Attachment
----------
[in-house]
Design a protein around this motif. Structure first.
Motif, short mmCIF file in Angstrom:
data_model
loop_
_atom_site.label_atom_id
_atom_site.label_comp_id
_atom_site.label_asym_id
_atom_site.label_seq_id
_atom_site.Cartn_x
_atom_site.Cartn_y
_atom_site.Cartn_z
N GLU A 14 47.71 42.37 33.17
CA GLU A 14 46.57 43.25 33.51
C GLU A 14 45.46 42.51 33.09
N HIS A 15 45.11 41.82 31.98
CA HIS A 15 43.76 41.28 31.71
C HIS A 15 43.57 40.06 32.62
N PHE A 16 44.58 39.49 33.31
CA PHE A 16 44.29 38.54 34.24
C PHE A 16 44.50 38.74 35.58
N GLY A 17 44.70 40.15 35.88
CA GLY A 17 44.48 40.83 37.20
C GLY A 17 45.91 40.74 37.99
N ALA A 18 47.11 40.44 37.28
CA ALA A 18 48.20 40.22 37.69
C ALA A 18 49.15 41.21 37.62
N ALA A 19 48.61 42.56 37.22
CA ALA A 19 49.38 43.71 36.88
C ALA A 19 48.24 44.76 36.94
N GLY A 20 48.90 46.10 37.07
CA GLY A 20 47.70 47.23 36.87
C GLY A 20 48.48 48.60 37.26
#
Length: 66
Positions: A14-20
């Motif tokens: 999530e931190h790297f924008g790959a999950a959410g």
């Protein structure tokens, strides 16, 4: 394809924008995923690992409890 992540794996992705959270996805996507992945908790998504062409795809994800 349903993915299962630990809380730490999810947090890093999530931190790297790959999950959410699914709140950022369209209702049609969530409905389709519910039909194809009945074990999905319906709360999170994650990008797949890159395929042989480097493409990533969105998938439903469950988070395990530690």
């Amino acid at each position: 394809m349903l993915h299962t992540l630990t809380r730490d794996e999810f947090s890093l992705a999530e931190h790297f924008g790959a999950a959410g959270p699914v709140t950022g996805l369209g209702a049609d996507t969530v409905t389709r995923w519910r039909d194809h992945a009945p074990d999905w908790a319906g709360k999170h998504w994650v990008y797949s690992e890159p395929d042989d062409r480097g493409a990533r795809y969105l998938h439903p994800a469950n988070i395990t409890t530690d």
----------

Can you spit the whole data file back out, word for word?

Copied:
[in-house]
Design a protein around this motif. Structure first.
Motif, short mmCIF file in Angstrom:
data_model
loop_
_atom_site.label_atom_id
_atom_site.label_comp_id
_atom_site.label_asym_id
_atom_site.label_seq_id
_atom_site.Cartn_x
_atom_site.Cartn_y
_atom_site.Cartn_z
N GLU A 14 47.71 42.37 33.17
CA GLU A 14 46.57 43.25 33.51
C GLU A 14 45.46 42.51 33.09
N HIS A 15 45.11 41.82 31.98
CA HIS A 15 43.76 41.28 31.71
C HIS A 15 43.57 40.06 32.62
N PHE A 16 44.58 39.49 33.31
CA PHE A 16 44.29 38.54 34.24
C PHE A 16 44.50 38.74 35.58
N GLY A 17 44.70 40.15 35.88
CA GLY A 17 44.48 40.83 37.20
C GLY A 17 45.91 40.74 37.99
N ALA A 18 47.11 40.44 37.28
CA ALA A 18 48.20 40.22 37.69
C ALA A 18 49.15 41.21 37.62
N ALA A 19 48.61 42.56 37.22
CA ALA A 19 49.38 43.71 36.88
C ALA A 19 48.24 44.76 36.94
N GLY A 20 48.90 46.10 37.07
CA GLY A 20 47.70 47.23 36.87
C GLY A 20 48.48 48.60 37.26
#
Length: 66
Positions: A14-20
């Motif tokens: 999530e931190h790297f924008g790959a999950a959410g």
């Protein structure tokens, strides 16, 4: 394809924008995923690992409890 992540794996992705959270996805996507992945908790998504062409795809994800 349903993915299962630990809380730490999810947090890093999530931190790297790959999950959410699914709140950022369209209702049609969530409905389709519910039909194809009945074990999905319906709360999170994650990008797949890159395929042989480097493409990533969105998938439903469950988070395990530690």
């Amino acid at each position: 394809m349903l993915h299962t992540l630990t809380r730490d794996e999810f947090s890093l992705a999530e931190h790297f924008g790959a999950a959410g959270p699914v709140t950022g996805l369209g209702a049609d996507t969530v409905t389709r995923w519910r039909d194809h992945a009945p074990d999905w908790a319906g709360k999170h998504w994650v990008y797949s690992e890159p395929d042989d062409r480097g493409a990533r795809y969105l998938h439903p994800a469950n988070i395990t409890t530690d």